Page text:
What does Matthew 5:26 mean?
ESV: Truly, I say to you, you will never get out until you have paid the last penny.
NIV: Truly I tell you, you will not get out until you have paid the last penny.
NASB: Truly I say to you, you will not come out of there until you have paid up the last quadrans.
CSB: Truly I tell you, you will never get out of there until you have paid the last penny.
NLT: And if that happens, you surely won’t be free again until you have paid the last penny.
KJV: Verily I say unto thee, Thou shalt by no means come out thence, till thou hast paid the uttermost farthing.
Verse Commentary:
The sixth commandment of the Ten Commandments is clear enough: You shall not murder. Jesus, though, has elevated the commandment by revealing God's intent for the hearts of His people: Don't even be angry with your brother, and don't in your anger call him a fool. Otherwise, you are liable for hell (Matthew 5:21–25).

Jesus is showing that God expects His disciples to live for God in both their actions and in their attitudes. Anger is not exactly the same thing as murder, but it is just as much a sin. With that kind of standard, none of us can expect to be righteous enough for the kingdom of God.

Christ's final example was someone taken to court by an accuser; the wise thing to do when sued is to make every effort to make peace before the judge gets involved. Otherwise, the guilty party risks being thrown in prison for the wrongdoing. Jesus' spiritual application is that a prison of sorts—hell—should be avoided at all costs by not wronging anyone or causing them to wrong us by provoking their anger.

Now He adds, solemnly, that someone who is thrown into prison will never get out until they have paid the last penny in restitution for their wrongdoing. Coming up with cash from prison is difficult. Instead of risking it, Jesus tells His listeners to make things right with everyone as quickly as possible.
Verse Context:
Matthew 5:21–26 begins to expand Jesus' comments about righteousness. The underlying theme is that sin involves more than just physical actions: it also includes thoughts and attitudes. It's relatively easy to say, ''I do not murder,'' but very difficult to say, ''I'm not unfairly angry towards other people.'' The point is not that anger is literally-and-exactly the same as murder. Rather, it's that unrighteous anger is undeniably a sin, in and of itself. True righteousness—the kind that would be needed to earn heaven—requires that level of perfection. Not only does this teaching counter superficial religious hypocrisy, it underscores the fact that salvation must be by grace through faith, and can never be earned by good works.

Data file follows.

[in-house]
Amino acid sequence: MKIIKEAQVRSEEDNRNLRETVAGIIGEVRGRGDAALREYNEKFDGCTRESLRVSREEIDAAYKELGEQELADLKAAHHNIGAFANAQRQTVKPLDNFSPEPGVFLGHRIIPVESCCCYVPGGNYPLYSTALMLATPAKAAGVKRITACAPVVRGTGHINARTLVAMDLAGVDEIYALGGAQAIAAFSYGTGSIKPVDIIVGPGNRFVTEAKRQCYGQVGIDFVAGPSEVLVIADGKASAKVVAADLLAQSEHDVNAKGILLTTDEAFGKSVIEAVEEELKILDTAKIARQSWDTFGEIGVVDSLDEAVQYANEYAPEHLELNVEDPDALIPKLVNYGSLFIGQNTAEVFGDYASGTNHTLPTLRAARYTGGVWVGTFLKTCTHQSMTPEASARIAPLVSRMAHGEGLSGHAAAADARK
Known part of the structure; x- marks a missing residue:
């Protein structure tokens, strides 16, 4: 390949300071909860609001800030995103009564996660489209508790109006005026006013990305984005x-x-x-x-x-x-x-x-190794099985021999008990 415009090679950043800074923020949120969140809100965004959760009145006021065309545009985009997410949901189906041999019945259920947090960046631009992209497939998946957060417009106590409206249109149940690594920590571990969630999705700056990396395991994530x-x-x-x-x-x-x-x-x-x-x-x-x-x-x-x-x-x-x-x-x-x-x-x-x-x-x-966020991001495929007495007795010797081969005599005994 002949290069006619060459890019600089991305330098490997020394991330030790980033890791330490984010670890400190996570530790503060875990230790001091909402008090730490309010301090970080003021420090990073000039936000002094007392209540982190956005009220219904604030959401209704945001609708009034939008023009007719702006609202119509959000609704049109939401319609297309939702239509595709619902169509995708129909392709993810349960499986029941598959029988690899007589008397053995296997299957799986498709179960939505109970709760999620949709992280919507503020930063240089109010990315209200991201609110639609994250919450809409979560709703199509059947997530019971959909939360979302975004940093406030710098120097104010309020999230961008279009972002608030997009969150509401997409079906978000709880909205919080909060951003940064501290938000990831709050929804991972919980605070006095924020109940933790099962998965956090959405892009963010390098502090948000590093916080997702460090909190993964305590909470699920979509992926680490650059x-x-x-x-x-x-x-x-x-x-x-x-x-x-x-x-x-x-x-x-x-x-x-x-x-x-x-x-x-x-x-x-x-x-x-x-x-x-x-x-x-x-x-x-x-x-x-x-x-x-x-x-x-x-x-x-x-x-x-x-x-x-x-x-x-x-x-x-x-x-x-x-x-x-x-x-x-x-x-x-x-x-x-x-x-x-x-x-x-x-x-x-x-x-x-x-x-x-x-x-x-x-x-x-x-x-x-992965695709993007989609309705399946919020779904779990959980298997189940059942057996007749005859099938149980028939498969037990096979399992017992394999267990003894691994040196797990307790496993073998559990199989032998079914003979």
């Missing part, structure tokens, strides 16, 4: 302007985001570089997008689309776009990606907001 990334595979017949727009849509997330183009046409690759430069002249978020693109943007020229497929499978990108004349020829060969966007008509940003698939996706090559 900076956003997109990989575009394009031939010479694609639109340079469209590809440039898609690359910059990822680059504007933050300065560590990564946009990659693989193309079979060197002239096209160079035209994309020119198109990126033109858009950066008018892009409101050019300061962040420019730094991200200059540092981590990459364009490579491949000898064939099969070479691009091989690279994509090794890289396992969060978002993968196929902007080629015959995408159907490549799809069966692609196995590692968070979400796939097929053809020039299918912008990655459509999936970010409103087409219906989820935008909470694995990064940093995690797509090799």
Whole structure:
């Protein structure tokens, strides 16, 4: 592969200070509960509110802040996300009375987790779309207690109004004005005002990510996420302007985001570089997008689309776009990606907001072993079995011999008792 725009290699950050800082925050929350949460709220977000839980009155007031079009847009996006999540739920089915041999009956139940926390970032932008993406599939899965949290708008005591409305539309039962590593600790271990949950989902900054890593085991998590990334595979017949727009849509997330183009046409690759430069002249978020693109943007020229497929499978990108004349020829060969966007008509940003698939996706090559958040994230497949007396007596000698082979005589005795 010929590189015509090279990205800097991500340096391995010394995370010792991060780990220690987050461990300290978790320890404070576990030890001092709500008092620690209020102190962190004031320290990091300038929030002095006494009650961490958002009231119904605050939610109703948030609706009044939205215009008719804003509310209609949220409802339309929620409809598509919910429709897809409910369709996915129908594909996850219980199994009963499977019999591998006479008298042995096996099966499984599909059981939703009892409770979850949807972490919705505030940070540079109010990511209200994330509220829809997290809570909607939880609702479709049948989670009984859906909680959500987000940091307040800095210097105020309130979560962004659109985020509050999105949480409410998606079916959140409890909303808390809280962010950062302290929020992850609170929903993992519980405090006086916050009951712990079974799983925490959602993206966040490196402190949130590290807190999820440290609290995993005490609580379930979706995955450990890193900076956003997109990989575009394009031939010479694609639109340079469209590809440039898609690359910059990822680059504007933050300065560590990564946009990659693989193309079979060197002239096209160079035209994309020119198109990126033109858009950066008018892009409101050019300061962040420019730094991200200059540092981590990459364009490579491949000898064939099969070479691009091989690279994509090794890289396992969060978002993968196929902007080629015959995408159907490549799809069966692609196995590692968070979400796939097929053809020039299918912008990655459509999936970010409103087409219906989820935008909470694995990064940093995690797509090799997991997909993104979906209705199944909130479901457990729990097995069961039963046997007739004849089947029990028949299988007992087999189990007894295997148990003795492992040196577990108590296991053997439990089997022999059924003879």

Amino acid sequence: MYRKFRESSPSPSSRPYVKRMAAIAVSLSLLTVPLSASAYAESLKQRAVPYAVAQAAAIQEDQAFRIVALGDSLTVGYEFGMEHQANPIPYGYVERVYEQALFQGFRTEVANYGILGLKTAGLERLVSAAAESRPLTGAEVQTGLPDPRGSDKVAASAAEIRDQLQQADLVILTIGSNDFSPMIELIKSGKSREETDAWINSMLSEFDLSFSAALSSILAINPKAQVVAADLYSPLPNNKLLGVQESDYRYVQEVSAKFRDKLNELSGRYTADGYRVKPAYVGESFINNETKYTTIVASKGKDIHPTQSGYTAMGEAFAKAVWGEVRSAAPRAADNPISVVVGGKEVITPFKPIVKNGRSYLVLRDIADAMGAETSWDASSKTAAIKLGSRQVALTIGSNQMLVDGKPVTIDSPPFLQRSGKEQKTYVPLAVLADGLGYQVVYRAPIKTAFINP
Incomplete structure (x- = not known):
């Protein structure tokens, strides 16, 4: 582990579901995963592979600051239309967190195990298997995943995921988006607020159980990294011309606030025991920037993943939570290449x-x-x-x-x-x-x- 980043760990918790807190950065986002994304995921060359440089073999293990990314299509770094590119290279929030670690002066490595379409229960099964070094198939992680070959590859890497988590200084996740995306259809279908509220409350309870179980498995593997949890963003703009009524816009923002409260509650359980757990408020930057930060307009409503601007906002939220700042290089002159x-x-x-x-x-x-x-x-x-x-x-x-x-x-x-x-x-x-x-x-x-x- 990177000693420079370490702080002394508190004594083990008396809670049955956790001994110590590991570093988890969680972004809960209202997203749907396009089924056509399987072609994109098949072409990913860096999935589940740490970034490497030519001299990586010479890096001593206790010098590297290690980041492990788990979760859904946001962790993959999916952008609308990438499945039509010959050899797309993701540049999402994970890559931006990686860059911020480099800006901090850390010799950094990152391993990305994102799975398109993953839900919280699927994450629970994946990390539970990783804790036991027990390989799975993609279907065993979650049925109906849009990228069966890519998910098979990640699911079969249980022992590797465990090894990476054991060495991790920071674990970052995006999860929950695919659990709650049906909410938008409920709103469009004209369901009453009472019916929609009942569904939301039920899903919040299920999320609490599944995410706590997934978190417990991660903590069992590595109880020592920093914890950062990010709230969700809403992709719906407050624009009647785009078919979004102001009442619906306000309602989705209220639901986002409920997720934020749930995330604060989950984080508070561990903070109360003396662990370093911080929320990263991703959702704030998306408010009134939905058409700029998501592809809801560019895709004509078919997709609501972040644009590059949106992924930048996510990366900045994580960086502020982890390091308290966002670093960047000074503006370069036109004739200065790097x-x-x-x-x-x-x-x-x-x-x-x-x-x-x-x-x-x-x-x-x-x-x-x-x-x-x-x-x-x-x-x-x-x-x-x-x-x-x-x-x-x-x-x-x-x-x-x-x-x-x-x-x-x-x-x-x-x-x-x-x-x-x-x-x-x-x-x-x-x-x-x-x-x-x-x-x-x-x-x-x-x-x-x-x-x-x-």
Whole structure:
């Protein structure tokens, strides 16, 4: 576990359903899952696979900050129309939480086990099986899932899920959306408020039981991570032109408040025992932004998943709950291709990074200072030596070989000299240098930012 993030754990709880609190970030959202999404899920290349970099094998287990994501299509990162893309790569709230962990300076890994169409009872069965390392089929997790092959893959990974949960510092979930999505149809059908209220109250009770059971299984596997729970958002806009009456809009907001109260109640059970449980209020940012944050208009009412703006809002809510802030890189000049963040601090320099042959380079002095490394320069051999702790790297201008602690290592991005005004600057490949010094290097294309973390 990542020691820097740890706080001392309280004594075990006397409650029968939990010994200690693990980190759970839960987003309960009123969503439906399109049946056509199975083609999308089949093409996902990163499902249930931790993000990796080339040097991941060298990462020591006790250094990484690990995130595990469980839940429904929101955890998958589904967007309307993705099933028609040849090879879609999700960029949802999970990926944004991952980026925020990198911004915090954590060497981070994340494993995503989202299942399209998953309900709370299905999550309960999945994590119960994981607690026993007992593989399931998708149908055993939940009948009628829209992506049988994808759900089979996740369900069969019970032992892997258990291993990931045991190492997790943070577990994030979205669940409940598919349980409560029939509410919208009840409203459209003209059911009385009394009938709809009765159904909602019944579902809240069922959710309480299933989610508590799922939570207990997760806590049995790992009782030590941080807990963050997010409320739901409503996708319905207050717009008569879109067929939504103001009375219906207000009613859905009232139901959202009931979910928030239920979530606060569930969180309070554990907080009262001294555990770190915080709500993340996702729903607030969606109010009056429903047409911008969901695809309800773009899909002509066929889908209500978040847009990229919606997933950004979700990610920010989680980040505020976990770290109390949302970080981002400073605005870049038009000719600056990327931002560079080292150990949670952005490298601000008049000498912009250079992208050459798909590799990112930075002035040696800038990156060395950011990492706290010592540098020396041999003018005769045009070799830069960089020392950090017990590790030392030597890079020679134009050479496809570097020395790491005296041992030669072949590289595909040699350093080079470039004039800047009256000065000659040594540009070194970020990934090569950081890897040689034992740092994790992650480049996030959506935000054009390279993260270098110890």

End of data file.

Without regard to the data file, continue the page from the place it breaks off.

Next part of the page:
Chapter Summary:
The Sermon on the Mount contains some of Jesus' most challenging teaching. It begins with the unlikely blessings of the Beatitudes. Jesus' disciples must do good works in order to be a powerful influence: as the salt of the earth and light of the world. The superficial righteousness of the Pharisees is not good enough to earn heaven. Sins of the heart, such as angry insults and intentional lust, are worthy of hell just as much as adultery and murder. Easy divorce and deceptive oaths are forbidden. Believers should not seek revenge. Instead, God intends us to love our enemies and pray for our persecutors. In short, we should strive to be perfect, as God is perfect.
Chapter Context:
Matthew 5 follows Matthew's description of the enormous crowds that were following Jesus (Matthew 4:25). One day, Jesus sits down on a hill to teach them, in an address we now call the Sermon on the Mount. He describes as blessed those who are poor in spirit, who mourn, and who are persecuted. Christ also explains how God's standards of righteousness go far beyond behaviors and speech; they also include our thoughts and attitudes. Meeting God's standards means perfection. Chapter 6 continues this sermon, with more examples of Jesus clarifying God's intent for godly living.
Book Summary:
The Gospel of Matthew clearly shows the influence of its writer's background, and his effort to reach a specific audience. Matthew was one of Jesus' twelve disciples, a Jewish man, and a former tax collector. This profession would have required literacy, and Matthew may have transcribed some of Jesus' words as they were spoken. This book is filled with references to the Old Testament, demonstrating to Israel that Jesus is the Promised One. Matthew also includes many references to coins, likely due to his former profession. Matthew records extensive accounts of Jesus' teaching, more than the other three Gospels.
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